Effect of Athletic Field Paint on Athletic Field Plant Species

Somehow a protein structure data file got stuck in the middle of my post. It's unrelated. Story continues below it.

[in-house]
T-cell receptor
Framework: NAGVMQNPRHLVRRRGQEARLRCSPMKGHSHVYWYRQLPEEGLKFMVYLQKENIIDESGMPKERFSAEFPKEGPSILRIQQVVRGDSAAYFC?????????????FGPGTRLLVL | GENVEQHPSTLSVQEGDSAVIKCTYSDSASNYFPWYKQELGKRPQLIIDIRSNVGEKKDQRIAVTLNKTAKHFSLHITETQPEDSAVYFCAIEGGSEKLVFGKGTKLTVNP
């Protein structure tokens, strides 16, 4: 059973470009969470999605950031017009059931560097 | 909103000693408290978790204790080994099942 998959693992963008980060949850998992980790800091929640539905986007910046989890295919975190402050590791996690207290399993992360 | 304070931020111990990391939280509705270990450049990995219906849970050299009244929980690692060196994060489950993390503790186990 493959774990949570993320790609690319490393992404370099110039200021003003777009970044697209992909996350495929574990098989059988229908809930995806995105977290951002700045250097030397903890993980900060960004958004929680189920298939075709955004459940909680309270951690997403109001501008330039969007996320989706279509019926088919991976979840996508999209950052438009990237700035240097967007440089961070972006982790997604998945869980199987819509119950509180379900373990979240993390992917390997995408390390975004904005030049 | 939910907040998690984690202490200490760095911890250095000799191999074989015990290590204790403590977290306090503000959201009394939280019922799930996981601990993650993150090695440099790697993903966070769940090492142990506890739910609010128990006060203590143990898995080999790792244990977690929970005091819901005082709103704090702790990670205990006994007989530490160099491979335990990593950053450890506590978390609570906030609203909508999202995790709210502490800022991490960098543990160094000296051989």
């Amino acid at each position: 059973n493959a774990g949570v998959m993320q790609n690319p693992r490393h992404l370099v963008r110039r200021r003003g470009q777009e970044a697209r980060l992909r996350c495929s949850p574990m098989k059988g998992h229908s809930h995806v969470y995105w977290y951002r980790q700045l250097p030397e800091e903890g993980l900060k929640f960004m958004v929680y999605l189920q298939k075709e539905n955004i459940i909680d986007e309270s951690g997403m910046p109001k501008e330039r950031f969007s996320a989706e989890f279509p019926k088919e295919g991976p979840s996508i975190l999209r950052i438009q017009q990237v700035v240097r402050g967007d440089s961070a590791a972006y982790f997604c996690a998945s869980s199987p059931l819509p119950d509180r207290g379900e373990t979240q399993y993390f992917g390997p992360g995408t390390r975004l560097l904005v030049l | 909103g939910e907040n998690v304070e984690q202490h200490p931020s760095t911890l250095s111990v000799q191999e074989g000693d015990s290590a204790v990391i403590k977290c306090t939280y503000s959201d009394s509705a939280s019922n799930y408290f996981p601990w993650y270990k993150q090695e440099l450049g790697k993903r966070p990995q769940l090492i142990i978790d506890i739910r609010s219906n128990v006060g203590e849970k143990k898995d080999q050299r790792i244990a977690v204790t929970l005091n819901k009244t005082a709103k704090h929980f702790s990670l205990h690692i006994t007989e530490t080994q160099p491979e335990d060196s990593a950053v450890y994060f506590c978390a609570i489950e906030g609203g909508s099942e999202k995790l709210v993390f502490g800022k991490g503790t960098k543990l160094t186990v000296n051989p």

As foot traffic increases and turf cover decreases, undesirable species become the predominant population. Weed encroachment in athletic fields is a common issue, especially if not managed properly. Little is known about how athletic field paint varies in coverage on these different plant species. A study using Kentucky bluegrass (Poa pratensis L., KBG), crabgrass (Digitaria sanguinalis L.), dandelion (Taraxacum officinale F.H. Wigg), and white clover (Trifolium repens L.) was conducted at Iowa State University to determine if repeated athletic field paint applications would affect plant species differently. Digital image analysis was used to determine if weed species have an effect on overall paint coverage on athletic fields compared to that of KBG. Percent green cover (PGC) differed by trial as well as plant species and rating date. Compared to all other plant species tested, KBG had lower PGC on nine of 12 ratings in 2019 and 10 of 12 ratings in 2020 after athletic field paint application. White clover (five ratings in 2019 and 10 in 2020) had higher PGC compared to KBG. A lower PGC results in a better athletic field paint application. Remaining carbon and paint material left after loss on ignition for above-ground plant material also show that white clover (2.7 g) was less than KBG (5.7 g), crabgrass (6.5 g), and dandelion (5.0 g) in 2019. Additionally, there was less soil organic matter present in both white clover (6.8 g) and dandelion (7.2 g) compared to KBG (8.8 g) and crabgrass (9.4). These results show that KBG and crabgrass will offer better coverage from athletic field paint than dandelion and white clover species. Thus, athletic fields should be limited to monostands of grass species. Future research on athletic field paint should investigate the environmental impact of increased athletic field painting applications.